236611 Understanding perinatal depression in diverse communities: A prerequisite for effective screening

Sunday, October 30, 2011

Patricia Lee King, PhD, MSW , Department of Social Work, School of Social Welfare, University of Wisconsin-Milwaukee, Milwaukee, WI
David Pate Jr., PhD , Department of Social Work, School of Social Welfare, University of Wisconsin - Milwaukee, Milwaukee, WI
Background: Maternal and child health programs screen racially and ethnically diverse women of low socioeconomic status for perinatal depression using tools validated among middle-class white women. This research explored how racially and ethnically diverse women of low socioeconomic status understand perinatal depression symptoms to evaluate the validity of perinatal depression and related measures in diverse communities. Methods: Four focus groups were conducted with a purposive sample of 32 pregnant (31%) or postpartum (69%) women receiving community-based services, who self-identified as African American (n=11), Caucasian (n=4), Hmong (n=8, 6 Hmong-speaking), or Latina (n=9, 8 Spanish-speaking). Women responded to open-ended questions about their perinatal physical, cognitive, and somatic experiences, and their perceptions of self and life. Focus groups were transcribed and analyzed using content and narrative analysis. Results: Preliminary analysis revealed four themes with screening implications. 1) Symptoms of depression were difficult to distinguish from perinatal experiences. 2) Emotional symptoms overshadowed physical, cognitive, and somatic symptoms in the perinatal period. 3) Symptoms were attributed to personal and social stressors over biological or psychological risk factors. 4) Caring for the fetus/infant placed additional stress on already strained personal and social resources, and distinguished perinatal depression from depression at other times. Conclusions: Perinatal depression is a valid construct among diverse women with low socioeconomic status. Screening measures must be evaluated for their ability to distinguish depression symptoms from perinatal experiences and stress. Measures must also assess the individual's social context to effectively screen for perinatal depression across increasingly diverse communities.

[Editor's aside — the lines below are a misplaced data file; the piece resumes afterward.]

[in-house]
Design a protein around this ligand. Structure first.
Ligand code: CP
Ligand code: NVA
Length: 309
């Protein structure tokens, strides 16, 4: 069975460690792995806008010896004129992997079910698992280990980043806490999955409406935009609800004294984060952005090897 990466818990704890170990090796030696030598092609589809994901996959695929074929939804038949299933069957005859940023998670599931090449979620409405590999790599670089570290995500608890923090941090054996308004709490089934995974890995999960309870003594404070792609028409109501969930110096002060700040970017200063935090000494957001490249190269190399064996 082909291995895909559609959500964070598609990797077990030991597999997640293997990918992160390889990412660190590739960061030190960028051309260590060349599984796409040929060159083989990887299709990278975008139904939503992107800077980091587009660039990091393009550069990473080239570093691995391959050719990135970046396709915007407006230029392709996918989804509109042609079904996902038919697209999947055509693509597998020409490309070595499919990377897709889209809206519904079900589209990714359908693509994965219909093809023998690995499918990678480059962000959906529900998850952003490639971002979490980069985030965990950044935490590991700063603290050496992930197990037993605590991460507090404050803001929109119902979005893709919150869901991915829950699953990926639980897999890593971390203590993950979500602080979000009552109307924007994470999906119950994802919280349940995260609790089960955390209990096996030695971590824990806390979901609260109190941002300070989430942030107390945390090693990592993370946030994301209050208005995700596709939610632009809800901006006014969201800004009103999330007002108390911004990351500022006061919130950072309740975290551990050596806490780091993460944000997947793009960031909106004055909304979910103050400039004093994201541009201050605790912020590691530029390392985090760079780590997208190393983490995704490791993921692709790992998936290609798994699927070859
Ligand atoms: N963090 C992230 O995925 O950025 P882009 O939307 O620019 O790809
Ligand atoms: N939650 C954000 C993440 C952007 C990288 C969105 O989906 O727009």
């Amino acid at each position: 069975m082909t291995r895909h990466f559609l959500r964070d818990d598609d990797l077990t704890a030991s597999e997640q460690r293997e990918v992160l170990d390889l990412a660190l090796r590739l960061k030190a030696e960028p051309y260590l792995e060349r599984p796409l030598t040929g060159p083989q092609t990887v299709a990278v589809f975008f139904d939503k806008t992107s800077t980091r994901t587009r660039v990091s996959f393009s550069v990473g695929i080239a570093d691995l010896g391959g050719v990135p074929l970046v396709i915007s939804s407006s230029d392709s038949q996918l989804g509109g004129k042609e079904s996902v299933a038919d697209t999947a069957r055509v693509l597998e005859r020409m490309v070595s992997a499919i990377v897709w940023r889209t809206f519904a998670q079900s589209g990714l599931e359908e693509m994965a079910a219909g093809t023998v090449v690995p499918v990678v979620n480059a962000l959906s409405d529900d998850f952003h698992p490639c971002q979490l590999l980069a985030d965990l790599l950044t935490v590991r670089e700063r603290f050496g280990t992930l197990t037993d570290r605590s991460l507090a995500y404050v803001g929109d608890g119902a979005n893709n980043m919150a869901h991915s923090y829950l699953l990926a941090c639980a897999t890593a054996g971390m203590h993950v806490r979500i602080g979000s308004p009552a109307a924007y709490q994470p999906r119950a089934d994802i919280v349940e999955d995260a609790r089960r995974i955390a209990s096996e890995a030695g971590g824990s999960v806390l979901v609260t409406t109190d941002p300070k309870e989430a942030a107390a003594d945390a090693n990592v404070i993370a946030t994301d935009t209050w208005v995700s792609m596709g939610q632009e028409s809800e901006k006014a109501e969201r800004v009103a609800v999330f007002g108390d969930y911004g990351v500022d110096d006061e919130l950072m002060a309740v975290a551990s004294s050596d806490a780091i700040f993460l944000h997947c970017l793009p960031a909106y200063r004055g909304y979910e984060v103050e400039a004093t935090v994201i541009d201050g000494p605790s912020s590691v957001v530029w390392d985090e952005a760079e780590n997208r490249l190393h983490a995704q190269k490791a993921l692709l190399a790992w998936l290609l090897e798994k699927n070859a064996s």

Learning Areas:
Diversity and culture
Public health or related research
Social and behavioral sciences

Learning Objectives:
Participants will be able to: 1) Describe emotional experiences racially and ethnically diverse women of low socioeconomic status associated with perinatal depression symptoms. 2) Identify stressors women implicated as key factors in the development of perinatal depression symptoms. 3) Discuss implications of focus group findings for perinatal depression screening.

Keywords: Vulnerable Populations, Screening

Presenting author's disclosure statement:

Qualified on the content I am responsible for because: I am a doctoral dissertator with social work and public health research interests and 10 years combined experience in social work and public health practice, policy, administration, and research.
Any relevant financial relationships? No

I agree to comply with the American Public Health Association Conflict of Interest and Commercial Support Guidelines, and to disclose to the participants any off-label or experimental uses of a commercial product or service discussed in my presentation.